More civilians die as air raids intensify in Eastern Ghouta

Syrian civilians flee from reported regime airstrikes in the besieged Eastern Ghouta region on the outskirts of the capital Damascus, Feb. 8.
Syrian civilians flee from reported regime airstrikes in the besieged Eastern Ghouta region on the outskirts of the capital Damascus, Feb. 8.

The district of Eastern Ghouta is suffering some of its worst bloodshed in years as heavy Syrian regime bombings have killed at least 35 civilians, including women and children

Syrian rescue workers and activists say at least 35 civilians, including a medic and children, have been killed in relentless regime strikes in the opposition-held region near the capital Damascus.

The civilian toll was first reported at nine yesterday morning, but almost immediately began to rise, mirroring previous bloody days in the besieged district. The Syrian Civil Defense, known as White Helmets, has recorded at least 35 civilians killed yesterday in at least six towns in the eastern Ghouta area in a combination of artillery and airstrikes, according to AP. It said the dead includes a medic and at least three children and eight women.

Wednesday's strikes hit at least six different locations in eastern Ghouta, said Britain-based Syrian Observatory for Human Rights head Rami Abdel Rahman. The highest toll was in the town of Jisreen where eight civilians were killed. An AFP correspondent there said the strikes hit near a school, a market and a mosque. Vegetable stalls in the market were overturned and damaged, and a motionless body lay outside the mosque. Rescue teams rushed to the district and pulled three children and a woman out of the rubble.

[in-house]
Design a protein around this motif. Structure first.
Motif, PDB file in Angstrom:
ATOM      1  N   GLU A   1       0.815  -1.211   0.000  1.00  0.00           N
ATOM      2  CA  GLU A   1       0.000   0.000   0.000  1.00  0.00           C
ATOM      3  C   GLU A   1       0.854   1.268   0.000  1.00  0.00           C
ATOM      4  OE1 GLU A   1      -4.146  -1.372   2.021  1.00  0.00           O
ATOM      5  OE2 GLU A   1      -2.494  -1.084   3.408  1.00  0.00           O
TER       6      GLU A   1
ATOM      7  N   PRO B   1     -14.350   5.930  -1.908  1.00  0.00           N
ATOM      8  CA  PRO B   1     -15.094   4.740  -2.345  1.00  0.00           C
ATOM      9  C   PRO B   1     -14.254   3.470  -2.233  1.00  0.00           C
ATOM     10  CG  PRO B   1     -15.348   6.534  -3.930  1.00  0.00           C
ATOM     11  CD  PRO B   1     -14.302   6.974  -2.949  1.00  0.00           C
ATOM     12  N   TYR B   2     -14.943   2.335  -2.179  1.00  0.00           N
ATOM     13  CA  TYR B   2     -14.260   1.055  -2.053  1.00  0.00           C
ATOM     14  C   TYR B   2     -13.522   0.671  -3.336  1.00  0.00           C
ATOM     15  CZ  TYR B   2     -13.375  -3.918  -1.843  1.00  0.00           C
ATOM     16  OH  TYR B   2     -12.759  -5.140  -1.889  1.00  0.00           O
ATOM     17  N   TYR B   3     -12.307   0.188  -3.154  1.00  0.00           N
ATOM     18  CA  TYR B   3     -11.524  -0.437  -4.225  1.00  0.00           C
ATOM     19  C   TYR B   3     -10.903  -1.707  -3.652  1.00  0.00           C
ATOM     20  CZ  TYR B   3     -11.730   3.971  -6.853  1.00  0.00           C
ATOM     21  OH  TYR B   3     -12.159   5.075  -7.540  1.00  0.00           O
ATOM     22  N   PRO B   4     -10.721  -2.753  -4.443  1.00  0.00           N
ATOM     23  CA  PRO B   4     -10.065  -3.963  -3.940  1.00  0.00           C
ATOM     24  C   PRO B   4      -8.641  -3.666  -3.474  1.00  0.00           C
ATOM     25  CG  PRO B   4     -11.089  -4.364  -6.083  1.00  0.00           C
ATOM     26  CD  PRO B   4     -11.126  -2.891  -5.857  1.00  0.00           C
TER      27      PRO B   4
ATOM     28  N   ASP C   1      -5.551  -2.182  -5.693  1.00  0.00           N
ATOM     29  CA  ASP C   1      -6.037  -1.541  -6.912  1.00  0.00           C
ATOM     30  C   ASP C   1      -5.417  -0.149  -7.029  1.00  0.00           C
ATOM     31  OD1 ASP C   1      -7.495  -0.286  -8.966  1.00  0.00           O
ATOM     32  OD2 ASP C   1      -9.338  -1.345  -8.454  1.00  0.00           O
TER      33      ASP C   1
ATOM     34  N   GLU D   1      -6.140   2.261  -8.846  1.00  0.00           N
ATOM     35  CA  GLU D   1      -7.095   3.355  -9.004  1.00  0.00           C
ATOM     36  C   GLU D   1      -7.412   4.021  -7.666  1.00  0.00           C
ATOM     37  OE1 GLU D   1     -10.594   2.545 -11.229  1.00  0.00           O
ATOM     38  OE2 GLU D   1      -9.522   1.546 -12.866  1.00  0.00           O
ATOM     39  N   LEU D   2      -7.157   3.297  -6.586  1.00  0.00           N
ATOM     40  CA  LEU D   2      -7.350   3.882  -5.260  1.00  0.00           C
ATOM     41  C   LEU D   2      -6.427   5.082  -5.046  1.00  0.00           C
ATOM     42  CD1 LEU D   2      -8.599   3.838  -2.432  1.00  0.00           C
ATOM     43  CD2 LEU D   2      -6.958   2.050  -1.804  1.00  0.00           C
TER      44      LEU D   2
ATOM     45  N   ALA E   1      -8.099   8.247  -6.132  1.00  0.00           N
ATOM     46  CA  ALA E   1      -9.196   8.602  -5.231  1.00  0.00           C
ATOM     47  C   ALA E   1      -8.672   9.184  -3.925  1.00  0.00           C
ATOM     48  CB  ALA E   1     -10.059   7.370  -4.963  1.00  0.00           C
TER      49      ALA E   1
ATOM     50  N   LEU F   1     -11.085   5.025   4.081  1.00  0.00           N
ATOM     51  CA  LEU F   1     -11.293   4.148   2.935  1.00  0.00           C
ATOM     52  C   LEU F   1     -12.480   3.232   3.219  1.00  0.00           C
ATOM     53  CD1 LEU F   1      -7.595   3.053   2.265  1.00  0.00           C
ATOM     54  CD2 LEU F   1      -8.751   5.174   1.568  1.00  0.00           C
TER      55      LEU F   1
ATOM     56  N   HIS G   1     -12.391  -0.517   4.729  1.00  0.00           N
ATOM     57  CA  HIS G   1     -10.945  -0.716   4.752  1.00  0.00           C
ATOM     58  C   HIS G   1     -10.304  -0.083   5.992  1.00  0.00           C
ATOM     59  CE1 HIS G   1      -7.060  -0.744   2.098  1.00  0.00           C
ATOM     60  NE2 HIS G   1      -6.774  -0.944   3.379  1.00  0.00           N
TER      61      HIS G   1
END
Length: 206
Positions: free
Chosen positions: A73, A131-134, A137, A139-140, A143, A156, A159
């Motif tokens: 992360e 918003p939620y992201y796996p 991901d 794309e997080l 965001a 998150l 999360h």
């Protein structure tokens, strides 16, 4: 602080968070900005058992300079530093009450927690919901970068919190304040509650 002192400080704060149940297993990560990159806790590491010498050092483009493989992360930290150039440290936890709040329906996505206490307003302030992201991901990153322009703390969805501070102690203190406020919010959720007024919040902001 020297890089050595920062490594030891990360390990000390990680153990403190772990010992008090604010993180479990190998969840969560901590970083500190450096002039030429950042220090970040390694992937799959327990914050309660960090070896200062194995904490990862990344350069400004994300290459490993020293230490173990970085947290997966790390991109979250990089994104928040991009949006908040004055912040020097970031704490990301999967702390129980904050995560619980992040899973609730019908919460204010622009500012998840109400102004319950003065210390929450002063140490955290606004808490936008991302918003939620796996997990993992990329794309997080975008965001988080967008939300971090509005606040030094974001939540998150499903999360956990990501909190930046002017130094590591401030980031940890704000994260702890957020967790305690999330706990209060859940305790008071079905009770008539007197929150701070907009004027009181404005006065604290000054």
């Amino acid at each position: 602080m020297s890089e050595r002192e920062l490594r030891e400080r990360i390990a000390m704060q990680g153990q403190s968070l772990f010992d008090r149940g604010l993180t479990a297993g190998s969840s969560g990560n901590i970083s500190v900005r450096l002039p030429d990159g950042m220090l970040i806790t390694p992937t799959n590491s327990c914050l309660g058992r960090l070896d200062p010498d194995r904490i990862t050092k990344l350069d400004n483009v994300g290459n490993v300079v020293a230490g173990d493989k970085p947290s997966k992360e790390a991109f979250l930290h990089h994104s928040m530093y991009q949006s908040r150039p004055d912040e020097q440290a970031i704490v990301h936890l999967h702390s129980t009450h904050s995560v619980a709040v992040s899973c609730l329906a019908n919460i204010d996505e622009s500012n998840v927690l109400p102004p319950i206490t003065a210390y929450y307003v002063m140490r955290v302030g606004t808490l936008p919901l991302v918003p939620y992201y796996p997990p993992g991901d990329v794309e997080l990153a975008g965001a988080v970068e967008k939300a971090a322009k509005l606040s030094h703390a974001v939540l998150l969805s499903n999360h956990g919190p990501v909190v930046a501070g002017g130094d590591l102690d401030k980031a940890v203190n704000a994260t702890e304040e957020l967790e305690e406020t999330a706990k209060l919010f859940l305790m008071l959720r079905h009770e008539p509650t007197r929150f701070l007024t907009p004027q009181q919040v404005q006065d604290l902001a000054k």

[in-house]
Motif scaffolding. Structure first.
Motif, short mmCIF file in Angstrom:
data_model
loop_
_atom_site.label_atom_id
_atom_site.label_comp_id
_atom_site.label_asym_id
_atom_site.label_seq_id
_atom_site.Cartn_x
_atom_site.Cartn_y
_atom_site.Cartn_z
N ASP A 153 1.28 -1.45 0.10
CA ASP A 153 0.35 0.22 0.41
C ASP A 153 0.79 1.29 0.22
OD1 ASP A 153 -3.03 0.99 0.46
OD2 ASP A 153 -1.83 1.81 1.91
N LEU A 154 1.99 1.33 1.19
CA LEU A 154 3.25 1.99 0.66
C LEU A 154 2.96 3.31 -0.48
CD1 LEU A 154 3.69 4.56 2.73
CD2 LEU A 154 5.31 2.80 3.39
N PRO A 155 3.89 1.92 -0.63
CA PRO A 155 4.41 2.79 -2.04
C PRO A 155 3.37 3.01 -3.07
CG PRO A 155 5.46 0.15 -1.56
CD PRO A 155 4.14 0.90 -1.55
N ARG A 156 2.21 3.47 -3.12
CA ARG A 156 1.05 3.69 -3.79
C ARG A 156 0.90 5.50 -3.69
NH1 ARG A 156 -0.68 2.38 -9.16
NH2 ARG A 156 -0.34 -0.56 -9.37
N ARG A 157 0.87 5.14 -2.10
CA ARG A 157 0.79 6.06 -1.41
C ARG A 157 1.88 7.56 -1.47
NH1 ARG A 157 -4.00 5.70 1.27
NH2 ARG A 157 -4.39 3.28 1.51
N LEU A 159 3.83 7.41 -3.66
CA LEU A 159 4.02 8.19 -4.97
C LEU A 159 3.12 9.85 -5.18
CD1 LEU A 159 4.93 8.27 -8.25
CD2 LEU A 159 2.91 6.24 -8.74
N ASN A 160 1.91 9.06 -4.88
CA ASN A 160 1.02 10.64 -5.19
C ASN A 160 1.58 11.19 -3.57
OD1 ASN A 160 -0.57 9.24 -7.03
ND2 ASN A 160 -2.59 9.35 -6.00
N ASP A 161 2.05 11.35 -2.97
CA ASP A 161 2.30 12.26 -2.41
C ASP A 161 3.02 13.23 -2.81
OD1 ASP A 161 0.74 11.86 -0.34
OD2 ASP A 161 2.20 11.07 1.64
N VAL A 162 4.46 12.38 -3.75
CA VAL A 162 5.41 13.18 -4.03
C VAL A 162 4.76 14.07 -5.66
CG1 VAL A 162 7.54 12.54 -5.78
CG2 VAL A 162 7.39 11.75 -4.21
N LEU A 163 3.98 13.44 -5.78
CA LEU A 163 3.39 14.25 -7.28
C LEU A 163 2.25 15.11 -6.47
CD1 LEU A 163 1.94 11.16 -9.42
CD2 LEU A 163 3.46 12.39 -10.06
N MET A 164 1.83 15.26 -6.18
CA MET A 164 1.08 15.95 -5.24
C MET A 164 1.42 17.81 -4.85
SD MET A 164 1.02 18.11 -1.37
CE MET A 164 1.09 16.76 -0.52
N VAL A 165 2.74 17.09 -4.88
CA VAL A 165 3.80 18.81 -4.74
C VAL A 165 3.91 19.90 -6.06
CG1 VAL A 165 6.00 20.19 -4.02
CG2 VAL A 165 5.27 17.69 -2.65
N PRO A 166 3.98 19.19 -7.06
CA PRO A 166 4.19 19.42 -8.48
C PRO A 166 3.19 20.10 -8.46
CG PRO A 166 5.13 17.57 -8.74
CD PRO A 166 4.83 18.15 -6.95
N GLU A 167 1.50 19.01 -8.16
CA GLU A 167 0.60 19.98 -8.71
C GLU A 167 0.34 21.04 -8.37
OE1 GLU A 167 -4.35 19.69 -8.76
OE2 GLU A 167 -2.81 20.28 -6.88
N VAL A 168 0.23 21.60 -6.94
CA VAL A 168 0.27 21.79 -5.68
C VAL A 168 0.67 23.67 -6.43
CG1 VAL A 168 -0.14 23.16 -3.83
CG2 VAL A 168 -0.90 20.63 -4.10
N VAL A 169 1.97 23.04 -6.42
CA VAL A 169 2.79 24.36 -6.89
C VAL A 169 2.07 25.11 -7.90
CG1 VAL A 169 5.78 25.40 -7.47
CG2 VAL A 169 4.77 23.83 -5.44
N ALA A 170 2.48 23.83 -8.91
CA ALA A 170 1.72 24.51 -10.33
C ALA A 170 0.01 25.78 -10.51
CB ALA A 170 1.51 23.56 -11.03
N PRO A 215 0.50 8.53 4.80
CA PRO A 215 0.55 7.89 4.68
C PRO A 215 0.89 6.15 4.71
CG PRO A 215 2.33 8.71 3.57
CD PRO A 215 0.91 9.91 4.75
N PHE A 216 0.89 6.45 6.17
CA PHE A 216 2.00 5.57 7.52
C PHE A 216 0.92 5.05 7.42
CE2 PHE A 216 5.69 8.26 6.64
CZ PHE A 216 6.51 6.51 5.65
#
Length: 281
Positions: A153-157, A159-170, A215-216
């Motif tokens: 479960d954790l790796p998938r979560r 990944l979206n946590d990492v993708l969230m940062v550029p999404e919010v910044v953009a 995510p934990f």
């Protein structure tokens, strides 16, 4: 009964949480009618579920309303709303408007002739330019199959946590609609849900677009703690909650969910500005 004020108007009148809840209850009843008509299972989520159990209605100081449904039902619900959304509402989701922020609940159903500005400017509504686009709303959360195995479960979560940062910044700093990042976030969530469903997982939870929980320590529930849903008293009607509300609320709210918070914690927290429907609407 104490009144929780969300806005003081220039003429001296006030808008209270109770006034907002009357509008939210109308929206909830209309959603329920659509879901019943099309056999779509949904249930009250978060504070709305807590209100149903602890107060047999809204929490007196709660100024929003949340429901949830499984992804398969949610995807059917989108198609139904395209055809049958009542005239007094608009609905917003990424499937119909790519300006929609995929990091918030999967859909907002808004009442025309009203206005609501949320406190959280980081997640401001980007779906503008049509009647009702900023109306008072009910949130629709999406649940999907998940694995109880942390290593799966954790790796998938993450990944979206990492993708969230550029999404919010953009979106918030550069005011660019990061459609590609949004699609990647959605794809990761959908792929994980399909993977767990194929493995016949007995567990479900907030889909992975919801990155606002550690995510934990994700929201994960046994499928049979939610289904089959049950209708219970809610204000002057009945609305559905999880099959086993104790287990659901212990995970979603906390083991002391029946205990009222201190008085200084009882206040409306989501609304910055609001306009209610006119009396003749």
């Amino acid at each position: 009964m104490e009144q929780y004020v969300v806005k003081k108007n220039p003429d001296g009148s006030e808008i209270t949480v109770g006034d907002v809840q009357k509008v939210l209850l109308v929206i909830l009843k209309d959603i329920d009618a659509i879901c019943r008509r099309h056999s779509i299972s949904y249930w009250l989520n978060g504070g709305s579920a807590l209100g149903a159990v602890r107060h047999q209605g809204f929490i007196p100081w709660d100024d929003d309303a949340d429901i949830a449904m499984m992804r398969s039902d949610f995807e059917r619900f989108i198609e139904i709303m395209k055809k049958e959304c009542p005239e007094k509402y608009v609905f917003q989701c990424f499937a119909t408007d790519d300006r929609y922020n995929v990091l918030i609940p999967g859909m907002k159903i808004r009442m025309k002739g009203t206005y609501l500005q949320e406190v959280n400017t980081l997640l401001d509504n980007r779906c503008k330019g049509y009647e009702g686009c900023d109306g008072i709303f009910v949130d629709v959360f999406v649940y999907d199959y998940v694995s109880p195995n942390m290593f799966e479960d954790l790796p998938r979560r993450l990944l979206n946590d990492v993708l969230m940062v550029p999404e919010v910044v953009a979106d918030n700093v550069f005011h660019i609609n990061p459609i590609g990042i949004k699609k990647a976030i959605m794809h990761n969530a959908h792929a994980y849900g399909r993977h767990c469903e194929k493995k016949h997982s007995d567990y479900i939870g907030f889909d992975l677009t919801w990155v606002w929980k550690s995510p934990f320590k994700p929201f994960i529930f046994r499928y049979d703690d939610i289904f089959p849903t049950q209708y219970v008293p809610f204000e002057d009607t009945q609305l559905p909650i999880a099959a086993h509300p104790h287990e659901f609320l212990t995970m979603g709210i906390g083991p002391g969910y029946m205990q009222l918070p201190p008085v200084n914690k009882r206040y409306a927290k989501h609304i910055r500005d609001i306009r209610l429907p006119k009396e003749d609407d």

Moayad al-Hafi, a rescue worker, said his team was hit in a double-tap strike as they were pulling bodies out in Jisreen. "As we were pulling out the children and the dead from under the rubble, they targeted us with five rockets, directly targeting us," said Hafi, 24.

Another two children and a woman were killed in the town of Saqba, where streets were littered with human remains and destroyed cars.

A man carrying his young daughter screamed for an ambulance to take her to the nearest makeshift clinic.

An estimated 400,000 people in the besieged area live under a suffocating regime-imposed siege, which has made food and medicine nearly impossible to access.

Syrian regime warplanes have ratcheted up their bombardment of eastern Ghouta this week, leaving dozens dead and hundreds in need of medical care. Regime bombing raids left 38 civilians dead on Wednesday, the Observatory said in a new toll.

It came on the heels of the bloodiest day in months for eastern Ghouta on Tuesday when 80 civilians were killed in strikes.

Eastern Ghouta is the last major opposition stronghold on the capital's doorstep. The region has been under intense attack since the end of December as Bashar Assad struggles to bring it under control.

Most other opposition-controlled territory surrounding Damascus has been recaptured by regime forces either through military operations or local truce agreements. Eastern Ghouta is ostensibly included in a "de-escalation" deal that is meant to tamp down violence in a handful of areas across the country, but the bloodshed has escalated dramatically this week.

Syria has been locked in a devastating civil war since March 2011, when the Assad regime cracked down on pro-democracy protests with unexpected ferocity. While U.N. officials say hundreds of thousands of people have been killed in the conflict, Syrian regime officials say the death toll is closer to 10,000.

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